– by Mary May Larmoyeux –
Often it seems very easy to want to be forgiven … yet harder to forgive others, especially when we’ve been offended.
And yet, isn’t unforgiveness at the core of what often tears families and communities apart?
I pray that my legacy will be known for their forgiving spirits. That they will remember how God has forgiven them (Romans 5:8). And I trust the same will be true for me.
Do What Is Right
A few weeks ago I met Pastor Charlie Holley at a writers’ conference. He wrote a helpful book called Forgiveness, Walk me Through It. Holley says that as Christians, we need to do what is right.
“We cannot afford to wait on our emotions to catch up with what’s right in our spirit,” He says. “As a matter of fact, performing that which is spiritual often goes against what we are feeling; thus the two sides are often in conflict.”
You might be shaking your head right now, wondering, “Now exactly how can I forgive when I don’t feel like doing that? And ____ sure doesn’t deserve my forgiveness.”
Holley goes on to explain:
“To help us understand, let’s examine the words found in Romans 7:21-23, ‘So I find this law at work: When I want to do good, evil is right there with me. For in my inner being I delight in God’s law; but I see another law at work in the members of my body, waging war against the law of my mind and making me a prisoner of the law of sin at work within my members.’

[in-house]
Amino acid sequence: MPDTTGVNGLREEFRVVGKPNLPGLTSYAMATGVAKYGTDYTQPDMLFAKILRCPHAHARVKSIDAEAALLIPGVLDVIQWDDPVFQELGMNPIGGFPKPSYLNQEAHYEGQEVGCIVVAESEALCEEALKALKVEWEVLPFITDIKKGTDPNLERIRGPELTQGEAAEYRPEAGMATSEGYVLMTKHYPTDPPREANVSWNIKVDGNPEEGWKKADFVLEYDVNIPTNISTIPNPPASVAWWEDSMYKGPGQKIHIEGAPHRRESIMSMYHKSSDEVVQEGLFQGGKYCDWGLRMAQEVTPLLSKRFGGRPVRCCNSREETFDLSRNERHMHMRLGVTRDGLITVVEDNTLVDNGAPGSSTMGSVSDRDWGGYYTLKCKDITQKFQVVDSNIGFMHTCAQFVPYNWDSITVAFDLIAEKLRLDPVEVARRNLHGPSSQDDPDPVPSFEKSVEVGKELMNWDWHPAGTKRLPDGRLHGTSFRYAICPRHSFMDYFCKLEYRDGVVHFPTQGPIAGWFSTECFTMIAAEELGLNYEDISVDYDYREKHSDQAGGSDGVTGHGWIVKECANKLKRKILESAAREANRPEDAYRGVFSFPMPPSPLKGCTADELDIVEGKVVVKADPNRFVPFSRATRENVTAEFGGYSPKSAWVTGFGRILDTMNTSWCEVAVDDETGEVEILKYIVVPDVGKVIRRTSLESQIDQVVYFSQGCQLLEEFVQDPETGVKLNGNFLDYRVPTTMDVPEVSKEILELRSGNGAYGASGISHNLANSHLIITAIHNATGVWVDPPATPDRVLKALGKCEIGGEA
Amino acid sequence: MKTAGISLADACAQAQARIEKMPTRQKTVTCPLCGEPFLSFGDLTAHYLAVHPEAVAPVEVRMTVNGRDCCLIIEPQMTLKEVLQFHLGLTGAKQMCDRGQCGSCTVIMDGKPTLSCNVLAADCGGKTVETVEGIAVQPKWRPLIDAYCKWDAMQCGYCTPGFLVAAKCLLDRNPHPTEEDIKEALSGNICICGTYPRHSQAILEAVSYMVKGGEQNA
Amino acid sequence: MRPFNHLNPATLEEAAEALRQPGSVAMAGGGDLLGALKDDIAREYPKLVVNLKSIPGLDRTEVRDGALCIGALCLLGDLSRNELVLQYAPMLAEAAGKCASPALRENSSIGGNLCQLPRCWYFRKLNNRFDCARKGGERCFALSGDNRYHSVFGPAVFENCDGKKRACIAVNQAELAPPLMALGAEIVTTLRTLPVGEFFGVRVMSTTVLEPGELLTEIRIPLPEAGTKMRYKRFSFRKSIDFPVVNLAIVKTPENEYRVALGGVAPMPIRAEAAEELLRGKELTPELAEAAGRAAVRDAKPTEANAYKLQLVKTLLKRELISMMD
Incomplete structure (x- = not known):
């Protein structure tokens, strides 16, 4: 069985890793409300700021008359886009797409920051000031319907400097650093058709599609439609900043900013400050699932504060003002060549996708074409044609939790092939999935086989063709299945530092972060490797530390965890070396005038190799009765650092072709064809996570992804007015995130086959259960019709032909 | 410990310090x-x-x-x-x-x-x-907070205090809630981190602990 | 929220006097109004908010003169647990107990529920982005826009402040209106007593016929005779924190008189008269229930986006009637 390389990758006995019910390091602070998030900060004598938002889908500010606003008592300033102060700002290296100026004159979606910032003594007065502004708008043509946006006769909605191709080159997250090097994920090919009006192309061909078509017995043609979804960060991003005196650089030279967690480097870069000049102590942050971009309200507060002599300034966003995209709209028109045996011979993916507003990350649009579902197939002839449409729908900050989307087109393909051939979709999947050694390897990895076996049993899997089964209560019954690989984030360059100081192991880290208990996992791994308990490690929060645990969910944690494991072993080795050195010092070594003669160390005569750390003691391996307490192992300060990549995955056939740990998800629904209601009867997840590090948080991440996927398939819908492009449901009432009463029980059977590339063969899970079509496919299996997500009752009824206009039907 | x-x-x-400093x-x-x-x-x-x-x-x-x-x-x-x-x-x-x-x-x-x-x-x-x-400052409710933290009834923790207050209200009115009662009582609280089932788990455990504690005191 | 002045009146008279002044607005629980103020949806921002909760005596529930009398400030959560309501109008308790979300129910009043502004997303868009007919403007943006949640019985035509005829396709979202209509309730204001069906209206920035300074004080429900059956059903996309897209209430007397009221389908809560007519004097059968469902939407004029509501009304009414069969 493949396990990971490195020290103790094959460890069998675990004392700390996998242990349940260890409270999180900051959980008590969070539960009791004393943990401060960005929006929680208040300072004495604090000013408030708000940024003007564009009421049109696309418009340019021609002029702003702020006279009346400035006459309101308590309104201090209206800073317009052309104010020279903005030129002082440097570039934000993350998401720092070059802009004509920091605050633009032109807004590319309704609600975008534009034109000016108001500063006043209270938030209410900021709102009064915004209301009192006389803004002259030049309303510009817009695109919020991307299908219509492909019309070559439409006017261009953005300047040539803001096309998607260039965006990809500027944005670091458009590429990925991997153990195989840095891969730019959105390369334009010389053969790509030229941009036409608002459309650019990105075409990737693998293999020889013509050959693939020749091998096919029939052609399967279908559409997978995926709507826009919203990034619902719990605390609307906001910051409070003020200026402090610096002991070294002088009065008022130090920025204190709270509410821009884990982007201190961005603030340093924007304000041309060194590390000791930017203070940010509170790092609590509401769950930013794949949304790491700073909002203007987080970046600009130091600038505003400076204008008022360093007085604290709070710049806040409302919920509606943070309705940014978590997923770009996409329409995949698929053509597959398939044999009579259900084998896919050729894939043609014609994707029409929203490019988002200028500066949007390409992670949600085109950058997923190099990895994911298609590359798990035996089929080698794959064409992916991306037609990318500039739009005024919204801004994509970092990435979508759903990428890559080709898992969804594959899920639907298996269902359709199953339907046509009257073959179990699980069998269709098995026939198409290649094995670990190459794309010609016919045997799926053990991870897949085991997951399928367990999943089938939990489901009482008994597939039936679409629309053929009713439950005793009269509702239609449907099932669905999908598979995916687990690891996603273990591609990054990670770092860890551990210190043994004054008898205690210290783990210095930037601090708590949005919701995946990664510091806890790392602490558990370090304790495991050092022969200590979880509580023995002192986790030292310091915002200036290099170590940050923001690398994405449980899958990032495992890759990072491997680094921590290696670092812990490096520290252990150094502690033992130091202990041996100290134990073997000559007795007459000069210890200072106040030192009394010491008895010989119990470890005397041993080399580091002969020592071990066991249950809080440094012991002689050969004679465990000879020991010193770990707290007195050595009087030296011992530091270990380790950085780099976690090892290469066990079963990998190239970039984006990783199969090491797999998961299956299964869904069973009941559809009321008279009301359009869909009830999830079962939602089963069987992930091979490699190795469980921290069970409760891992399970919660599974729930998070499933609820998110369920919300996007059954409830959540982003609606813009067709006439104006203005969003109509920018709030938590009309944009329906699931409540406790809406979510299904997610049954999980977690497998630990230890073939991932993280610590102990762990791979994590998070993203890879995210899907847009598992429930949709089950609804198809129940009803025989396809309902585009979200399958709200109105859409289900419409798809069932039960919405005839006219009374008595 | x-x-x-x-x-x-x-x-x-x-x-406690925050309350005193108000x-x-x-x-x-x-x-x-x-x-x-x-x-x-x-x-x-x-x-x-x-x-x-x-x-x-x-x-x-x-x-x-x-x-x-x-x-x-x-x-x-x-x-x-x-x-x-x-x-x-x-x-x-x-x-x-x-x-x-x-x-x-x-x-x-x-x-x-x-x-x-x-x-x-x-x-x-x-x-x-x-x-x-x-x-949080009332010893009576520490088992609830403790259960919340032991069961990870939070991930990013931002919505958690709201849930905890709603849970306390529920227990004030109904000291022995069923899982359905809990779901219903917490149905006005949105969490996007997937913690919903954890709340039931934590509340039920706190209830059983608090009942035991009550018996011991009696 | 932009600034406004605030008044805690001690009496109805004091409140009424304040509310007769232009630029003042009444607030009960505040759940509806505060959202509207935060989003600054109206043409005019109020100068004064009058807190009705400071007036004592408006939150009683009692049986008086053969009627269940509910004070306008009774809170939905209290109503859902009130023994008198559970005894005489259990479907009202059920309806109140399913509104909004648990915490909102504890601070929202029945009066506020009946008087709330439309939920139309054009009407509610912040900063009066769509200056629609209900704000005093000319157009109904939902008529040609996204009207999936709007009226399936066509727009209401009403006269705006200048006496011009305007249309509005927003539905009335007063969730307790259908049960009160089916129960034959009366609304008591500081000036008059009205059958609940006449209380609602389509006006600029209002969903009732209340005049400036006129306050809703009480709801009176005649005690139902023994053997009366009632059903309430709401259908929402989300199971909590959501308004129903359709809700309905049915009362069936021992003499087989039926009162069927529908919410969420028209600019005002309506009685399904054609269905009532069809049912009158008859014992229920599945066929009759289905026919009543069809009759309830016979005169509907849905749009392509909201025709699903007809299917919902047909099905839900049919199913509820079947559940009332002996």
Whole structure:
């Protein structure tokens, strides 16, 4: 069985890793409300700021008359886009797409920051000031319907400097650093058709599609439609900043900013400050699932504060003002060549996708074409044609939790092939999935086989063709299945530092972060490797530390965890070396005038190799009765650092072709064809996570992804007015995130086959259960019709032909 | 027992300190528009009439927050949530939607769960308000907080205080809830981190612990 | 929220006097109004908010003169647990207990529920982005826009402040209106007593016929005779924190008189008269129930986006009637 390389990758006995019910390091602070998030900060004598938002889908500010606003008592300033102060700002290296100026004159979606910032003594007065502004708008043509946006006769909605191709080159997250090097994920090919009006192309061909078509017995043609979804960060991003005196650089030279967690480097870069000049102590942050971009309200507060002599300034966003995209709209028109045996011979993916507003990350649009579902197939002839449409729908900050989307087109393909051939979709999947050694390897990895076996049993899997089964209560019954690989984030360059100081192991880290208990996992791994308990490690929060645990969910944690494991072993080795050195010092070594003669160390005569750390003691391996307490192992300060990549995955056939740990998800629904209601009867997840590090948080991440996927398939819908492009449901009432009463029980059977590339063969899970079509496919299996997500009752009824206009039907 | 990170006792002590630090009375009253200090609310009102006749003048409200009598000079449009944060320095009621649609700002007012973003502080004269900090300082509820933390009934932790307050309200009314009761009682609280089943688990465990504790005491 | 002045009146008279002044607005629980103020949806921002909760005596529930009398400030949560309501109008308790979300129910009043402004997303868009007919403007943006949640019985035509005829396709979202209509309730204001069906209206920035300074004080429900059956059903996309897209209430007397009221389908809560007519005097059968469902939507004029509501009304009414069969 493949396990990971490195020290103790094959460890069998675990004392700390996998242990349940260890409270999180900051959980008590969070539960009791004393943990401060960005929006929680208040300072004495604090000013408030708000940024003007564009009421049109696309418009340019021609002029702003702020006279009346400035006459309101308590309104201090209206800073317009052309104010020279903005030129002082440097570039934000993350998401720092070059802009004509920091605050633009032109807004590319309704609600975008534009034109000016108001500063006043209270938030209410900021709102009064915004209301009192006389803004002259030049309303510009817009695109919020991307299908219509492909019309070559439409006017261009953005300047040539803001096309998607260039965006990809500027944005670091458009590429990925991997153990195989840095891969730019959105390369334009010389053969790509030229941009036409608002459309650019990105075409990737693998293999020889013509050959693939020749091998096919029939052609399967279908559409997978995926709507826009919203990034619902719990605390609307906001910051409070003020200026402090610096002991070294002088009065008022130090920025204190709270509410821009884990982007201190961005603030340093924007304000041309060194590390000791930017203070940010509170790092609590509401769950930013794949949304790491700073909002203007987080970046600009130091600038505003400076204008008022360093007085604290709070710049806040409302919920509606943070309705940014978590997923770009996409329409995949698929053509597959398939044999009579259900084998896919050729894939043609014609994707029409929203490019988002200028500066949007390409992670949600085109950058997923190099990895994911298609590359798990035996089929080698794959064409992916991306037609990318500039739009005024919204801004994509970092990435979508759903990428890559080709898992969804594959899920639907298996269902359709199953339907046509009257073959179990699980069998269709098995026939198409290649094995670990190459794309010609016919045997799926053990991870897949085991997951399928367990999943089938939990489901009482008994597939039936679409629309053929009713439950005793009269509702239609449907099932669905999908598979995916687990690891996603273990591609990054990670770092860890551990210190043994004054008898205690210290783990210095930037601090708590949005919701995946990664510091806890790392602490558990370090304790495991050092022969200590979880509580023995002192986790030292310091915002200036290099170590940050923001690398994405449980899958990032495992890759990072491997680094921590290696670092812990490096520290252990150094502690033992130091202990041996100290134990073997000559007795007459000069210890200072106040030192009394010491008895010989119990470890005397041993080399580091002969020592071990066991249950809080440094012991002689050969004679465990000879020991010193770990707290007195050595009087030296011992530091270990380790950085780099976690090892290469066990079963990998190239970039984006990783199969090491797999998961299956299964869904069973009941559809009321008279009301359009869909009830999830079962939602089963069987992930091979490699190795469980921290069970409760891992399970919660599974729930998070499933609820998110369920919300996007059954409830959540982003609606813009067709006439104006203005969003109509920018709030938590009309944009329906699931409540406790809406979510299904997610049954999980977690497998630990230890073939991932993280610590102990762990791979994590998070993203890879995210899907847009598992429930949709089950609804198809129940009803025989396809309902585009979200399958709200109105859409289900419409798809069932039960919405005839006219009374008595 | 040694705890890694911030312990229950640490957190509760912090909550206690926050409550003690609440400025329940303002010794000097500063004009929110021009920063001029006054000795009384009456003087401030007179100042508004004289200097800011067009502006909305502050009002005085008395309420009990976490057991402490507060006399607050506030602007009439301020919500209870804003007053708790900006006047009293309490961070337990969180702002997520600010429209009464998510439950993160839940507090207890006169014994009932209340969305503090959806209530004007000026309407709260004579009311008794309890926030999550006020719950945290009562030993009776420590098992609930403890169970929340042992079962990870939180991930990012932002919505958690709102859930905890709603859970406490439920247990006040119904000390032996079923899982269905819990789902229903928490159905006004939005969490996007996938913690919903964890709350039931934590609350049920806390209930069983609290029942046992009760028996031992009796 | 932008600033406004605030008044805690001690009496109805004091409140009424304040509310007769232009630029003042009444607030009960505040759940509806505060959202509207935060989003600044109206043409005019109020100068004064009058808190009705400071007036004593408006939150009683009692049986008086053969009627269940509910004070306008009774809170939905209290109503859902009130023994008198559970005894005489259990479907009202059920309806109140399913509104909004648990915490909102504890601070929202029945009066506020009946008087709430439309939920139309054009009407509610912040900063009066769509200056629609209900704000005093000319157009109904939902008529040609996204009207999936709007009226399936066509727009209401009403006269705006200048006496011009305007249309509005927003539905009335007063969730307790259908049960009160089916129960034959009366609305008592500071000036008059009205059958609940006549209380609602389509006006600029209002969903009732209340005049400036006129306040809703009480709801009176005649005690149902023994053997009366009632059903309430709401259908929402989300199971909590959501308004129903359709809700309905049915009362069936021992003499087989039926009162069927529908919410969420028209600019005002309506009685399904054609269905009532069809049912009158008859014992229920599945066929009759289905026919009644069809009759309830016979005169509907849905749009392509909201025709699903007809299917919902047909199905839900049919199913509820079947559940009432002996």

“These Scriptures are talking about the two great laws at work in our lives—the law of righteousness, which knows and acknowledges the good things we should do, and the law of sin, which persuades us to do those things which are wrong. In other words, spiritually, we know and want to do the right things, but in our bodies, we want to do the wrong thing.
“How do we do the spiritual and right thing and yet at the same time satisfy our emotions? The answer is quite simple—it cannot be done. We must do that which is right and allow our emotions to complain in the process.
“The way to do this is to go to God in prayer and ask Him to forgive those who have wronged us, even if we are seeking forgiveness for ourselves.”
Walking in Peace
And Nancy Leigh DeMoss, author of Choosing Forgiveness: Your Journey to Freedom, says: “Even when you can’t see the results—though the situation may not clear up entirely or get any better at all—you can still know that you’ve done what God has required of you. You can continue to forgive as His grace and love flow through you. And you can walk in peace—His peace.”
Now, here’s a question: Is there anyone who you need to forgive?
Would you like some creative ideas listed by month that can help you connect with your kids or grandkids? Check out The Grandparent Connection: 365 Ways to Connect With Your Grandchild’s Heart by Nancy Downing and Mary May Larmoyeux.